Nail parlors were few and far apart when I was young. I feel like I’m describing the Pony Express to someone raised on email, but many historical facts are difficult to absorb. Suburbs had no places for mani-pedis. Except your hair salon. I don’t think I ever saw my mother with nail polish.
By the time I discovered nail salons, I had two young children. I could have cared less, at first, about color impact. It was all about getting to sit down for 45 minutes and have someone touch my feet. Without asking me to pick them up and or buy them non-nutritional foodstuffs. Over time, I found toe color reassuring. The moment of choosing felt significant. “Schiaparelli pink. No, this time, I’m Gothic red-brown.” As a mother, you take your identity-reinforcing moments where you find them, especially in places that don’t smell of pizza.
I went back to full-time work when my son was 7 and my daughter 10. Let me say now that I have never worn visible fingernail polish to the office. Let me also say that I don’t think it’s appropriate. I don’t feel it reinforces a working identity. I feel this strongly, even though I may be completely wrong. And, even though I may be completely wrong, my opinion may be useful to understand. Because other women of my age and background often feel similarly. You may come in front of a judge, or a vice president, or potential customer, from my generation.
Women like me still struggle with colored fingernails. We still associate them with women of questionable virtue. Or movie stars. Who are sometimes the same people. Fingernail polish to us looks like you might laze around in a peignoir eating chocolates and throwing wrappers on the rug. As though you might get paid for that which should not be paid for.
However, if you are in fact a lady of leisure, even respectable leisure, that’s a completely different story. Discrete flesh or pale pink tones for day, whatever brazen hussy hues you like for night. It’s just something about the juncture of working and colored nails.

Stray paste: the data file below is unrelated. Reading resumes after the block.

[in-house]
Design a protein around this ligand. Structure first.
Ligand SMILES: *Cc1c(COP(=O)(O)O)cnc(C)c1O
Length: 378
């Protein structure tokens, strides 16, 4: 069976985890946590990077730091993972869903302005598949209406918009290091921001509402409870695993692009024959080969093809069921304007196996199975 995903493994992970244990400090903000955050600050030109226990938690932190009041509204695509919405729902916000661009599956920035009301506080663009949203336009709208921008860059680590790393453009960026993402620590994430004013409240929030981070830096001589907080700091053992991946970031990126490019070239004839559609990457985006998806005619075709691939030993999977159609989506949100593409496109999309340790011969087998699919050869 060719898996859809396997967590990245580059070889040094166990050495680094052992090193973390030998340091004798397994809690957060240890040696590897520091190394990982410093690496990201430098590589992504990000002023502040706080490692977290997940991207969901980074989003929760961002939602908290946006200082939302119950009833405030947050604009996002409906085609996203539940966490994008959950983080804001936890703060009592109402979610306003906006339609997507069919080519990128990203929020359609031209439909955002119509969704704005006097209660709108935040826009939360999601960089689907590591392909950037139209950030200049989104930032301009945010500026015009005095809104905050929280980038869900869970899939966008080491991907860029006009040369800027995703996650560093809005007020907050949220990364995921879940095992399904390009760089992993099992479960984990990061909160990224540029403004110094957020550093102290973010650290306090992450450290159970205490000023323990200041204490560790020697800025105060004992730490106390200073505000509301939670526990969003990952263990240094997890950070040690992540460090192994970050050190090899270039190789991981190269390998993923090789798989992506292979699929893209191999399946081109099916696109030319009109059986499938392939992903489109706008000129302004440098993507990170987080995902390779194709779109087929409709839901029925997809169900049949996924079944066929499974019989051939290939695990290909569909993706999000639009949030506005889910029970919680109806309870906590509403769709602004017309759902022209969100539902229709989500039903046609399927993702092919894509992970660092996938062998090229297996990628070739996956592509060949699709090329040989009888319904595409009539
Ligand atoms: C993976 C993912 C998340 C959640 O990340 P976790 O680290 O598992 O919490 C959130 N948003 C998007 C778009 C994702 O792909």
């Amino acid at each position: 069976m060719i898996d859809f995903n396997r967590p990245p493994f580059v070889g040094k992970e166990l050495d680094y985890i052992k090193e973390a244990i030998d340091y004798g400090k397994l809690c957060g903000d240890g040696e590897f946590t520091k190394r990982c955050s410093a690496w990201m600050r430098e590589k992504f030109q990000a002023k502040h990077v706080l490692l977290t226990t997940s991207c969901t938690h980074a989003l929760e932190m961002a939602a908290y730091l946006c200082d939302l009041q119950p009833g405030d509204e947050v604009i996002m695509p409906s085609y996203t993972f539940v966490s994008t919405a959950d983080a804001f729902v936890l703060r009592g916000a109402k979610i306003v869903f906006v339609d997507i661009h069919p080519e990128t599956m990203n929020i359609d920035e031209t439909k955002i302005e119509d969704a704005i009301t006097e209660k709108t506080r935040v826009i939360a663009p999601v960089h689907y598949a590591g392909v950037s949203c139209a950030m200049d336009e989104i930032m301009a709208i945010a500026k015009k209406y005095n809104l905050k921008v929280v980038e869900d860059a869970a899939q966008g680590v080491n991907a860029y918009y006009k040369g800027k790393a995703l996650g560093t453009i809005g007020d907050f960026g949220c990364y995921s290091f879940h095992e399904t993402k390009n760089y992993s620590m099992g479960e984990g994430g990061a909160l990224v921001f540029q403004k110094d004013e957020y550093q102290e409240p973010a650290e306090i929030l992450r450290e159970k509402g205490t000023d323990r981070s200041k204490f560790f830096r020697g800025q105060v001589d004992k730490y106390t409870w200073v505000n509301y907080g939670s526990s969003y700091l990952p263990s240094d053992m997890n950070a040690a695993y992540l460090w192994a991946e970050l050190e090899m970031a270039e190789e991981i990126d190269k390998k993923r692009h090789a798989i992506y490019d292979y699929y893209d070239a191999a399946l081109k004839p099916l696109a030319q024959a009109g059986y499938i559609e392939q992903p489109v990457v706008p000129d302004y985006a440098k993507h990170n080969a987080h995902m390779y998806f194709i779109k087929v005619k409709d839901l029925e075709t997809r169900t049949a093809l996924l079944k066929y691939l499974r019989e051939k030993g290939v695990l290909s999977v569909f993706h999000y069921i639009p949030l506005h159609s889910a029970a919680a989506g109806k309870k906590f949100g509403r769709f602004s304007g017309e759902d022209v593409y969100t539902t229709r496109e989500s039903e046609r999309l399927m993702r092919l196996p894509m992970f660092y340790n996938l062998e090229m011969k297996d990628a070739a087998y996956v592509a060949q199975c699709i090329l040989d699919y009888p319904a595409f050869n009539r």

Pedicures are another story. If there were ever a time for indulgence, it would be pedicures. Whatever secret life you want your toes to have, throw caution to the wind. Goes without saying that I am assuming you cover the majority of your toe area at the office.
These days I don’t go to an office. I don’t have small children at my feet. Or anywhere. Instead, I read and write about style. The goals and parameters of polish are different in this world. And in my exhaustive research, it appears that Chanel has planted their flag on Nail Color Mountain and are not ceding the hill any time soon.
Which means, of course, that I was recently compelled to purchase their latest sortie. Particuliere. A brownish, greyish, lavenderish, mauve. Tish Jett, over at A Femme, provided the introduction, while Lauren, at kidchamp.net, presaged the phenomenon with her photo of the Essie version.
A moment of identity reinforcement. I am a person who wears the “It” polish. Today. This year. Do I really care about the “It” polish? No. I don’t. It’s just fun to feel au courant. My toenails are the same color as toenails all across the Internet.
But not my fingers. Wait. Oh, never mind. It’s Friday. Let’s put all social posturing aside. Let’s forget about what’s appropriate, or what my fingernails signify about my social or professional class. I type too hard to keep nail polish on for longer than 36 hours. And the sight of the little ovals of color flashing about a keyboard distract me. There. A nugget of truth. Sometimes people of a certain age use antiquated versions of, “It’s not the done thing” as a way to reinforce personal preferences. And that is perhaps the most useful information of the day.
The color looks fab, by the way. Dignified, classic, a wee bit edgy. I could stick my feet into my light box and take a picture. Or not. Age brings a little wisdom*.
Have a wonderful weekend.
Images: me. And the usual light box.